The US can ideally also cooperate with Islamabad and China to influence the Taliban to begin a dialogue. In addition, Russia’s willingness to broker a deal with the Taliban should be welcomed by the US. Russia and the US consider Isis, which is operating in Afghanistan, to be a common enemy. However, the US cannot take this route. Its ties with Pakistan are rupturing thick and fast. There is intense bickering between both countries over the safe havens of terrorists. Both sides have repeatedly alleged that the other is not doing enough to secure the Afghan border.
If the laudatory references to India in Trump’s August 21 speech did not vitiate relations between both countries, the statement of support for India in the NSS certainly did. The NSS states that:” we will deepen our strategic partnership with India and support its leadership role in Indian Ocean security and throughout the broader region”. If anything, America’s efforts to bolster India in Afghanistan will evoke Pakistan’s post-1971 security paradigm, making it doubly difficult for the US to gain its cooperation. As of now, the trust-deficit between Washington and Islamabad is an impediment to a concerted conciliatory effort in Afghanistan.
Beijing and Moscow have also stressed on the need to find a political solution to the simmering Afghan quagmire. The latter has been on the forefront in convincing all stakeholders in talking with the Taliban, ostensibly in a bid to counter the proliferation of the Isis-K in the country.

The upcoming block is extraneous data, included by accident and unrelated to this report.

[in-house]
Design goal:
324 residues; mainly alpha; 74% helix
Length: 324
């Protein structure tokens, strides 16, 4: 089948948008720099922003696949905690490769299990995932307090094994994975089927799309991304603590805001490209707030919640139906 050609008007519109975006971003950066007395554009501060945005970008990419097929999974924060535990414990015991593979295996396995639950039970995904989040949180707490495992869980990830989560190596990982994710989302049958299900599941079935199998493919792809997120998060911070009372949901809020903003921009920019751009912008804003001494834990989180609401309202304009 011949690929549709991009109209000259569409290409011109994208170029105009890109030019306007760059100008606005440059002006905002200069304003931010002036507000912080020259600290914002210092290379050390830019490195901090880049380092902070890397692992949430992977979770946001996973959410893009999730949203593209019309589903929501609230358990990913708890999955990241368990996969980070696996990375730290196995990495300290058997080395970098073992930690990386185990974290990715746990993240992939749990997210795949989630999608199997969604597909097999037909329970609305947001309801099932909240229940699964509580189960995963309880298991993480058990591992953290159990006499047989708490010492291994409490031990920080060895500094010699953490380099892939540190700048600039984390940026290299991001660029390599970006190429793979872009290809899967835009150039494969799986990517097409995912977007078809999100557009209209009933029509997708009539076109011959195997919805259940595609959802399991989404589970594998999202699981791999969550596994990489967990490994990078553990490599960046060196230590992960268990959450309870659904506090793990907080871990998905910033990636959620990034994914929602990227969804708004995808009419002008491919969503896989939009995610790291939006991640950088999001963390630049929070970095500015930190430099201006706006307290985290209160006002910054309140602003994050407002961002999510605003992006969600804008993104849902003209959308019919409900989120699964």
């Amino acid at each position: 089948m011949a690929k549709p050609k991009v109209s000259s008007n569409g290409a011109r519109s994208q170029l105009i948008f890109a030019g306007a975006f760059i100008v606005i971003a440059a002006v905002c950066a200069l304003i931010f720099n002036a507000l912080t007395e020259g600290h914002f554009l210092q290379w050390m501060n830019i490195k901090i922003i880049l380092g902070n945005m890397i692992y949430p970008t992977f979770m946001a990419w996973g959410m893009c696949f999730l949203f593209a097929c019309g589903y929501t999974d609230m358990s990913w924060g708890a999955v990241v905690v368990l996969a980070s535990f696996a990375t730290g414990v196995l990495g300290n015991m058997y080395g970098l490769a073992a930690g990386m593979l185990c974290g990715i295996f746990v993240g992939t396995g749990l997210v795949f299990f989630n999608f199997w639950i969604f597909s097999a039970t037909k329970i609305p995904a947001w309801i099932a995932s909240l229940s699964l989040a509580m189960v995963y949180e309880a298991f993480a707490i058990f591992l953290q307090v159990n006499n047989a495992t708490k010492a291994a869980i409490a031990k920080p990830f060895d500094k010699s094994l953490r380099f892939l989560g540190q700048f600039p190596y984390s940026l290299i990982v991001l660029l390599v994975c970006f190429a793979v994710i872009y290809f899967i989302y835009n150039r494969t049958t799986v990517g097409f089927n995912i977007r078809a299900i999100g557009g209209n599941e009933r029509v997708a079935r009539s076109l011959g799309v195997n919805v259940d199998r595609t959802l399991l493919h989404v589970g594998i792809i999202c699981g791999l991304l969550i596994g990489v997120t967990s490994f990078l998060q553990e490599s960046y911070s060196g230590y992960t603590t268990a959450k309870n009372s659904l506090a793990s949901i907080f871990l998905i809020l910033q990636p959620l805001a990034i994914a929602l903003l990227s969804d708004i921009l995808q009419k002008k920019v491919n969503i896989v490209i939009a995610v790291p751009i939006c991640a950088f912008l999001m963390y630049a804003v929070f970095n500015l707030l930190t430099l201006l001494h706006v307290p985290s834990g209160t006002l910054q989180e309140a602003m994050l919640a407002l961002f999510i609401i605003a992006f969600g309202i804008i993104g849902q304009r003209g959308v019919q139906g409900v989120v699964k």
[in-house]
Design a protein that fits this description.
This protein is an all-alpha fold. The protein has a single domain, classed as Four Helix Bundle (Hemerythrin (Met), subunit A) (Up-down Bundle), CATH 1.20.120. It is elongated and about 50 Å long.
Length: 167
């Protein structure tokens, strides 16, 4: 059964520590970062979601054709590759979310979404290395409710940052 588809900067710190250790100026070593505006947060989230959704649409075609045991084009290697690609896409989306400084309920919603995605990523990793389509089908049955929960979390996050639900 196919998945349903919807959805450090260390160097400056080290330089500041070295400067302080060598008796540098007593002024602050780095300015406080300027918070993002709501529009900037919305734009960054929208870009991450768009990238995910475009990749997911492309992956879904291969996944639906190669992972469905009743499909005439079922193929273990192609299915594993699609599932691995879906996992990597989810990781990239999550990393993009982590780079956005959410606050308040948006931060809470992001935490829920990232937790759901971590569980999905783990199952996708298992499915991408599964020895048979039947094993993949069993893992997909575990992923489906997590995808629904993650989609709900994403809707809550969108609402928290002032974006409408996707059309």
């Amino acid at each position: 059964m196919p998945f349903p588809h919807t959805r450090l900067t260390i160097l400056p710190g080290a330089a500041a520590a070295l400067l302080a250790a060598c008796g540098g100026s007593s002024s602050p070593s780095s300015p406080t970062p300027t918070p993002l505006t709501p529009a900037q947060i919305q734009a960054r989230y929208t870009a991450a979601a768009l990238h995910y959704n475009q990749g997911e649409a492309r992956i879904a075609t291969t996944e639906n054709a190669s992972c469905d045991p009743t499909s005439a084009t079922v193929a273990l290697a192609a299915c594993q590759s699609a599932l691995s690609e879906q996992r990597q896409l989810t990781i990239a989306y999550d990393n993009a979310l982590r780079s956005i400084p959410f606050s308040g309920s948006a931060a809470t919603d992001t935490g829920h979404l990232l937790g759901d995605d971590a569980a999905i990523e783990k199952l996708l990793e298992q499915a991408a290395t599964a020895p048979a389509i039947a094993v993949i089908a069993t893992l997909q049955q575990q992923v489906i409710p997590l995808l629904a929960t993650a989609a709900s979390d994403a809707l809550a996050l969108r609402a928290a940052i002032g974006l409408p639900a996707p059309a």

However, this is not how the US sees Moscow’s ingress in Afghanistan. Washington has accused Moscow of arming the Taliban in order to increase its clout in Afghanistan. Beijing has, over the years, not only strengthened its bilateral relations with Afghanistan but has also actively engaged in multilateral forums in order to bring about a peace settlement in the country. China’s burgeoning trade and investment drives in Afghanistan are now being followed by plans to build a military base in Afghanistan’s Badakhshan province in a bid to revive the ancient Silk Road under the aegis of its One Belt One Road (OBOR) initiative.
At a time when the US is finding it difficult to grapple with Taliban’s blitz across the country, it would not find it tenable to allow Russia and China to achieve a tactical diplomatic victory by entering into a dialogue with the Taliban. The new US National Defence Strategy has outlined strategic competition from an ever-expanding China and a resurgent Russia as the main threat to the US. The NDS puts on paper America’s concerns regarding China’s predatory economics and military modernisation aimed at reordering the power equilibrium in its favour. The US is also perturbed and sceptical about Russia’s economic and diplomatic decisions taken to shake the sinews of Nato.
It is, therefore, quite reasonable to assert that – despite the pitfalls of a military-heavy Afghan war-effort – it requires a veritable shift in America’s strategic thinking, its ties with Pakistan and, most importantly, a guarantee that Taliban will renounce violence for talks to take place. However, one thing is a given: the application of military power is an anathema to peace in Afghanistan.
The writer is a research associate the Center for Security, Strategy and Policy Research (CSSPR), University of Lahore.